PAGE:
Open phase (3 of 6)
Open phase of vibration under strobe light during voice. The tips of vocal processes (dots) should be directly opposite each other. Instead, the right side (lower dot) is displaced anteriorly, likely because the right half of the posterior plate of the cricoid shifted anteriorly on the left.
Cricoarytenoid joints (4 of 6)
This photo is a repeat of photo three and shows that the cricoarytenoid joints have also been medial-to-lateral in order to widen the airway posteriorly, explaining why the vocal processes also cannot come fully together.
Lateral excursion (5 of 6)
A second repeat of photo three: With an anteriorly shifted right arytenoid, the right vocal cord is shortened and made more flaccid. This explains the greater lateral excursion from indicated midline of the right cord as compared with the left.
Closed phase (6 of 6)
"Closed" phase of vibration is not truly closed due to the separation of the arytenoid cartilages and the spreading of the anterior commissure. Dots continue to indicate tips of vocal processes, though mucosa has moved medially on the right vocal process to make the gap seem smaller. As depicted in a separate series, bilateral medialization laryngoplasty is planned to strengthen voice.
A fenestrated trach tube allows voicing when there is stenosis: Series of 4 photos
Tracheotomy (1 of 4)
This woman was gravely ill and intubated longterm. A tracheotomy was required. Now she wants the tube removed.
View below vocal cords (2 of 4)
The tip of the scope has been taken below the vocal cords. Note the fenestrated tracheotomy tube within the high trachea.
Fenestra (3 of 4)
When the patient plugs her trach tube with a finger, air comes into the distal tip of the tube (dark circle within the tube), passes up and out of the fenestra (window) and can power the vocal cords which are above our view. The trachea surrounds the tube as a whole without any "blow-by". If there were no fenestra, the patient would be unable to speak.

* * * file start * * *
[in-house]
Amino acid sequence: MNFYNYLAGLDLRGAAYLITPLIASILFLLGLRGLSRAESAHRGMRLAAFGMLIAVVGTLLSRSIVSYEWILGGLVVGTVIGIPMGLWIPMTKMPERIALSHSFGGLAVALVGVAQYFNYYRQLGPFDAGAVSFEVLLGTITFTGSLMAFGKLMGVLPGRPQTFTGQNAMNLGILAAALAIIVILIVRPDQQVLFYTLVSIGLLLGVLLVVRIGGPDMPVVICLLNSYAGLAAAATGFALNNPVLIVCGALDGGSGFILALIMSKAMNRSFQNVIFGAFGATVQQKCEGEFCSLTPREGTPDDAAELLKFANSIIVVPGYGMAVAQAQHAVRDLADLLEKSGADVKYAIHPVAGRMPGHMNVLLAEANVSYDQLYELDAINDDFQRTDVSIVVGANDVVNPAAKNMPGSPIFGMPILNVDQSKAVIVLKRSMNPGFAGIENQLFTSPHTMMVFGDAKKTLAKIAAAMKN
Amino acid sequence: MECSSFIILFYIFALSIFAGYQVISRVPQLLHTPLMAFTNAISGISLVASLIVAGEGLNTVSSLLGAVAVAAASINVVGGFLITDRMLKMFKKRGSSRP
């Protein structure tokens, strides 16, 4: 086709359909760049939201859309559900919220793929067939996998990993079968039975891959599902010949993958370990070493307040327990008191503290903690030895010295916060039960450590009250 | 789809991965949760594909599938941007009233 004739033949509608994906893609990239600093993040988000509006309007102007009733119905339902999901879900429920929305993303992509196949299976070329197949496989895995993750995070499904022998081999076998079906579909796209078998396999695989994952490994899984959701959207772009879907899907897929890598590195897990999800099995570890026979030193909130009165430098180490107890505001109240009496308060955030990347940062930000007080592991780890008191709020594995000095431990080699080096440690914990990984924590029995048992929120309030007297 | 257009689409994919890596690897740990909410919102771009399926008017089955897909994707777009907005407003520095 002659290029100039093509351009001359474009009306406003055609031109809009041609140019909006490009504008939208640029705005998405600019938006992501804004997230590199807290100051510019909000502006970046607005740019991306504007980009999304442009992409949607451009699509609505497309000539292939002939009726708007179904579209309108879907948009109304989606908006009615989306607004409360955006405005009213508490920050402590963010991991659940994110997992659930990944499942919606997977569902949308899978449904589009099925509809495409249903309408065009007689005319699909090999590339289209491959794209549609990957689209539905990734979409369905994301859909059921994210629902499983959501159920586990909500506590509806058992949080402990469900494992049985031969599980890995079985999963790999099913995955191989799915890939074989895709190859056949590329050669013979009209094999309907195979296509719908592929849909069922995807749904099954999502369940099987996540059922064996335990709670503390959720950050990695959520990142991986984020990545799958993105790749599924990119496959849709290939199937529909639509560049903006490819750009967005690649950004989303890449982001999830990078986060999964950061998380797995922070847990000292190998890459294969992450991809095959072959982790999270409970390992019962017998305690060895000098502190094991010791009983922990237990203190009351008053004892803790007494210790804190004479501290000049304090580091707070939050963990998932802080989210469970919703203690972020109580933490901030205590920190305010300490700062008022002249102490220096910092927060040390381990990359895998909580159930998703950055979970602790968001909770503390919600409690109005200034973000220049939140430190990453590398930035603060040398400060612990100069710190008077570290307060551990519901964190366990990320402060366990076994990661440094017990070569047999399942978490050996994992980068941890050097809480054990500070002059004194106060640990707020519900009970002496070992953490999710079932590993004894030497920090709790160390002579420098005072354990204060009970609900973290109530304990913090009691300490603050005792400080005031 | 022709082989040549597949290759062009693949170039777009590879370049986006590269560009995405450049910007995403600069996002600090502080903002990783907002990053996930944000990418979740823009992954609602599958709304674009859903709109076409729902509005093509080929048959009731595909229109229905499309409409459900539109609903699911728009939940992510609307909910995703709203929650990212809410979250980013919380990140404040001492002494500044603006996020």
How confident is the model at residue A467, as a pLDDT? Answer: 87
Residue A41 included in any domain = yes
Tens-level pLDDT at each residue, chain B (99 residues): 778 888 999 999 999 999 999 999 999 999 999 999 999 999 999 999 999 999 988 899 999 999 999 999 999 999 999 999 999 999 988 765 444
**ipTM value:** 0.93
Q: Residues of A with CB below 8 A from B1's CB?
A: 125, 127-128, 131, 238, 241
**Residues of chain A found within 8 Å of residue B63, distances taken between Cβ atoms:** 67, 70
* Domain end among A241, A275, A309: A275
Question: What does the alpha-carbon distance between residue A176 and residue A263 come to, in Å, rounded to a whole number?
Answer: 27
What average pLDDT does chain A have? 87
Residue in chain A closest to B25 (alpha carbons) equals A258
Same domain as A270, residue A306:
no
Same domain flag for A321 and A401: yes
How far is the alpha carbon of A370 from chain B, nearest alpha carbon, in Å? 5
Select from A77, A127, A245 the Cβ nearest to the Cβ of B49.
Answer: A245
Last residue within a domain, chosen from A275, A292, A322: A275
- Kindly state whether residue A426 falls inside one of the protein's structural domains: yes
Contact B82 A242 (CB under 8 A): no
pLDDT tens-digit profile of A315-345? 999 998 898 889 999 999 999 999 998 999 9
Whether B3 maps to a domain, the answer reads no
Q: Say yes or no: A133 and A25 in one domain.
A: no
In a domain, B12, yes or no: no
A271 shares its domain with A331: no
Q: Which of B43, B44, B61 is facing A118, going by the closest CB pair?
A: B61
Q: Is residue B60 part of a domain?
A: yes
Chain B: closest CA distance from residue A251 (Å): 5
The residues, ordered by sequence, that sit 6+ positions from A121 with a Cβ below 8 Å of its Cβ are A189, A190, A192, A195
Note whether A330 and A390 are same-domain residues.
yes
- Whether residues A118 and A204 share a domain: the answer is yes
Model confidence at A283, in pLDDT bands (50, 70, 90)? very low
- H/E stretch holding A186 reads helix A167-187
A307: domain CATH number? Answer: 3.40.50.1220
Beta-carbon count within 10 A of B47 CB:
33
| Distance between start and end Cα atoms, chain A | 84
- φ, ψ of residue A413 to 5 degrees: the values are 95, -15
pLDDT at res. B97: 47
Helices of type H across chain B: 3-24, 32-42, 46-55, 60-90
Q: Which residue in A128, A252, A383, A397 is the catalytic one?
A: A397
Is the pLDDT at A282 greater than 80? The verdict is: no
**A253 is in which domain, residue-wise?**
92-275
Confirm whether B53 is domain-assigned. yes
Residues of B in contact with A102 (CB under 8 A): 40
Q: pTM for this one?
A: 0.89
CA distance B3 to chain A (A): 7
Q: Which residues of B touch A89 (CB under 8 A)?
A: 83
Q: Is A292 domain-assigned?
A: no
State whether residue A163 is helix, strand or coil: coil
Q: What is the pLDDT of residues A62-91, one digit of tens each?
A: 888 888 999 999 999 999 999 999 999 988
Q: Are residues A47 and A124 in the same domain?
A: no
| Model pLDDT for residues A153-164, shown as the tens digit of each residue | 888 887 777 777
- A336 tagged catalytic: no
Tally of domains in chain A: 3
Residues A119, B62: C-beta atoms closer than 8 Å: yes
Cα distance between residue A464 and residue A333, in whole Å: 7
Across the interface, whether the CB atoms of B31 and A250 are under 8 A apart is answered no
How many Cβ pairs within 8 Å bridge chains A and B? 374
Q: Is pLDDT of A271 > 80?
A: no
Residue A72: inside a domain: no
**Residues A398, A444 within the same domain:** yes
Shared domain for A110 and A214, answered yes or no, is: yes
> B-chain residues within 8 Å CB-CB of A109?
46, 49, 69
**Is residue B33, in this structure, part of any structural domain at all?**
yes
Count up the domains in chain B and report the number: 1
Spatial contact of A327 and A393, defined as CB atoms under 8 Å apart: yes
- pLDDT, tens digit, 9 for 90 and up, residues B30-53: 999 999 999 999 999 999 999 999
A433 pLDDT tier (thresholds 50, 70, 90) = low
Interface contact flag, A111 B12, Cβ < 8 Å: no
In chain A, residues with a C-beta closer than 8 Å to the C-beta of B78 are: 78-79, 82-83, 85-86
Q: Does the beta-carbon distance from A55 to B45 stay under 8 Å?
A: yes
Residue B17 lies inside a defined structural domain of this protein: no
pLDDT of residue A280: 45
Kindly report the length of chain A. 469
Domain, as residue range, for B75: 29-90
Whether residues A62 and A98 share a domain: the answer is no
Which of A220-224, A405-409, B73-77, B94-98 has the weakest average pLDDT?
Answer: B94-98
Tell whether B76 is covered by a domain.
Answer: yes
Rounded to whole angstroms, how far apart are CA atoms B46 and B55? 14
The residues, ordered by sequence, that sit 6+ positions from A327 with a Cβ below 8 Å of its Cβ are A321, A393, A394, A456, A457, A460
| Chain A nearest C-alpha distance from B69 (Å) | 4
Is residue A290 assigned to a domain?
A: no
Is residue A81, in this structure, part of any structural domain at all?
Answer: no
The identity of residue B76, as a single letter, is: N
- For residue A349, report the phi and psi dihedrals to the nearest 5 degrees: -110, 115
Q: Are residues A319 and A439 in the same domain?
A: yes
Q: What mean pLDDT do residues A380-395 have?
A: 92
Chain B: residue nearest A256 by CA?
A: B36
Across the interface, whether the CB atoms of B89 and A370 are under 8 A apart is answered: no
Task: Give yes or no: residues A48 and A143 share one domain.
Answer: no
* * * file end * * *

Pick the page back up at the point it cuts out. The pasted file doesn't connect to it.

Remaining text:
Patient post-trach (4 of 4)
After tracheal resection and re-anastomosis, the tracheotomy is no longer needed. The circular scar is at the dotted line. The M denotes overlying mucus. The patient now breathes normally.
Stenosis of larynx and trachea before and after cricotracheal resection and reanastomosis: Series of 8 photos
Post intubation and tracheotomy (1 of 8)
Panoramic (distant) view of larynx in a middle-aged man recovered from near-death due to post-viral cardiomyopathy. After longterm intubation, and tracheotomy, he remains tracheotomy-dependent. Salivary pooling in the subglottis suggests stenosis.
Confirmed stenosis (2 of 8)
Closeup at the level of the vocal cords. This degree of salivary pooling, inability to breathe at all or to talk with trach plugged, confirms total stenosis.
Tracheotomy tract (3 of 8)
Looking down the tracheotomy tract, there should be an opening upward into the larynx as depicted by the dotted cylinder. Total stenosis is again proven.
Cricoid cartilage (4 of 8)
CT image at the beginning of the total stenosis, is about 5 mm superior to the inferior border of the cricoid cartilage.
Resection needed (5 of 8)
Approximately 3.25 cm below, the trachea begins to open around the tracheotomy tube. But to get to good quality tissue, 5cm of the airway (approximately 2 inches) must be resected, and the ends sutured back together.